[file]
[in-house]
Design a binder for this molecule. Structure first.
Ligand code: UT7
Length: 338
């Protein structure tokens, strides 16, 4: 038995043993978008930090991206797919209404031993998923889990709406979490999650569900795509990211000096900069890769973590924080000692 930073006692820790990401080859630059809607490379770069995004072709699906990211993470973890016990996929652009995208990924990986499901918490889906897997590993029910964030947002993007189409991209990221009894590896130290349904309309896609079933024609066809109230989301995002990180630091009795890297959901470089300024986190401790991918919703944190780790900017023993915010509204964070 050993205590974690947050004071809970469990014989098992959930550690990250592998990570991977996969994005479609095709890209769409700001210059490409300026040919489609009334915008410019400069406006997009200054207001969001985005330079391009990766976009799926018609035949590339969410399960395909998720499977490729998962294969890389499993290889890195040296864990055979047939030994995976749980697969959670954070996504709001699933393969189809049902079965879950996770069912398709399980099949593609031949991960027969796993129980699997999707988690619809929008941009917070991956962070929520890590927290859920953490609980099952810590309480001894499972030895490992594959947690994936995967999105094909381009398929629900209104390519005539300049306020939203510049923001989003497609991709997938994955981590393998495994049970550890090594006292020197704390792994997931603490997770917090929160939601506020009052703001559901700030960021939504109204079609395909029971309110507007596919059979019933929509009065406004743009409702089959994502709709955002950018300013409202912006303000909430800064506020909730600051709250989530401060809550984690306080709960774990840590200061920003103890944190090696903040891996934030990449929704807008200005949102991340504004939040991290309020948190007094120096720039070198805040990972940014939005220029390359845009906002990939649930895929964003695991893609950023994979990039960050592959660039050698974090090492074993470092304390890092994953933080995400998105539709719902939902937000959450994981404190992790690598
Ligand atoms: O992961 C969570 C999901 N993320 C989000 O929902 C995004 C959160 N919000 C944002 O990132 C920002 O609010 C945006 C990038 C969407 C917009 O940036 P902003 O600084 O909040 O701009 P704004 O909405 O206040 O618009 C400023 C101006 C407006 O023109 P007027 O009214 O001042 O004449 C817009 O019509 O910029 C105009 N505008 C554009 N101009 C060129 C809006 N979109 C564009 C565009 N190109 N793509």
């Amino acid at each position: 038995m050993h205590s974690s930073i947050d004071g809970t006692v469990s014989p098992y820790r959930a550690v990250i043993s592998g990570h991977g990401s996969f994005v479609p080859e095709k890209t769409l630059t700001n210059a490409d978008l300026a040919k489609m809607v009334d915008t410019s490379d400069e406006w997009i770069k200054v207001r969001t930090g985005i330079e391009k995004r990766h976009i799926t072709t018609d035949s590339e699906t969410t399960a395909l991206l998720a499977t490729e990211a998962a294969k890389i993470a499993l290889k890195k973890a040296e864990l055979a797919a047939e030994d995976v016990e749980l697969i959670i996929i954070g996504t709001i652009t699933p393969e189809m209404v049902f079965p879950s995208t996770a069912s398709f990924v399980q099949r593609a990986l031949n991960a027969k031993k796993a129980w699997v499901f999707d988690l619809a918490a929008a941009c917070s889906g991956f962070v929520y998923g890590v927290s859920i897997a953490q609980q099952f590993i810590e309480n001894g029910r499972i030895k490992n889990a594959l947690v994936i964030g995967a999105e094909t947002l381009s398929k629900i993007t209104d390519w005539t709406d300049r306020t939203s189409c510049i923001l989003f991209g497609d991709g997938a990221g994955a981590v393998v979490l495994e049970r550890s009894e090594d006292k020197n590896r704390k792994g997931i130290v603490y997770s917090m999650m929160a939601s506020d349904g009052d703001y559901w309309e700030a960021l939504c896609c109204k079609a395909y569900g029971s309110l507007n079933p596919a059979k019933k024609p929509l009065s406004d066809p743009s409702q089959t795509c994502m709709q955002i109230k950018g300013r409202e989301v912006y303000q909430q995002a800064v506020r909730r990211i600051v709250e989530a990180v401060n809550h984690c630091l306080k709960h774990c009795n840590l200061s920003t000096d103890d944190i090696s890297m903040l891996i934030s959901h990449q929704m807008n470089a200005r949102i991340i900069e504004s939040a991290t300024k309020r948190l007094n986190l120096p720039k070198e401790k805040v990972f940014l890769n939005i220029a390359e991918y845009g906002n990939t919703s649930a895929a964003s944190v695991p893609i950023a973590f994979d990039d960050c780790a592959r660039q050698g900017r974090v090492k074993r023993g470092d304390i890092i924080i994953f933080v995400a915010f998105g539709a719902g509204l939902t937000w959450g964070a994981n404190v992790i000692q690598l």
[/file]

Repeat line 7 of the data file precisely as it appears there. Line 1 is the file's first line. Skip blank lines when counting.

């Amino acid at each position: 038995m050993h205590s974690s930073i947050d004071g809970t006692v469990s014989p098992y820790r959930a550690v990250i043993s592998g990570h991977g990401s996969f994005v479609p080859e095709k890209t769409l630059t700001n210059a490409d978008l300026a040919k489609m809607v009334d915008t410019s490379d400069e406006w997009i770069k200054v207001r969001t930090g985005i330079e391009k995004r990766h976009i799926t072709t018609d035949s590339e699906t969410t399960a395909l991206l998720a499977t490729e990211a998962a294969k890389i993470a499993l290889k890195k973890a040296e864990l055979a797919a047939e030994d995976v016990e749980l697969i959670i996929i954070g996504t709001i652009t699933p393969e189809m209404v049902f079965p879950s995208t996770a069912s398709f990924v399980q099949r593609a990986l031949n991960a027969k031993k796993a129980w699997v499901f999707d988690l619809a918490a929008a941009c917070s889906g991956f962070v929520y998923g890590v927290s859920i897997a953490q609980q099952f590993i810590e309480n001894g029910r499972i030895k490992n889990a594959l947690v994936i964030g995967a999105e094909t947002l381009s398929k629900i993007t209104d390519w005539t709406d300049r306020t939203s189409c510049i923001l989003f991209g497609d991709g997938a990221g994955a981590v393998v979490l495994e049970r550890s009894e090594d006292k020197n590896r704390k792994g997931i130290v603490y997770s917090m999650m929160a939601s506020d349904g009052d703001y559901w309309e700030a960021l939504c896609c109204k079609a395909y569900g029971s309110l507007n079933p596919a059979k019933k024609p929509l009065s406004d066809p743009s409702q089959t795509c994502m709709q955002i109230k950018g300013r409202e989301v912006y303000q909430q995002a800064v506020r909730r990211i600051v709250e989530a990180v401060n809550h984690c630091l306080k709960h774990c009795n840590l200061s920003t000096d103890d944190i090696s890297m903040l891996i934030s959901h990449q929704m807008n470089a200005r949102i991340i900069e504004s939040a991290t300024k309020r948190l007094n986190l120096p720039k070198e401790k805040v990972f940014l890769n939005i220029a390359e991918y845009g906002n990939t919703s649930a895929a964003s944190v695991p893609i950023a973590f994979d990039d960050c780790a592959r660039q050698g900017r974090v090492k074993r023993g470092d304390i890092i924080i994953f933080v995400a915010f998105g539709a719902g509204l939902t937000w959450g964070a994981n404190v992790i000692q690598l």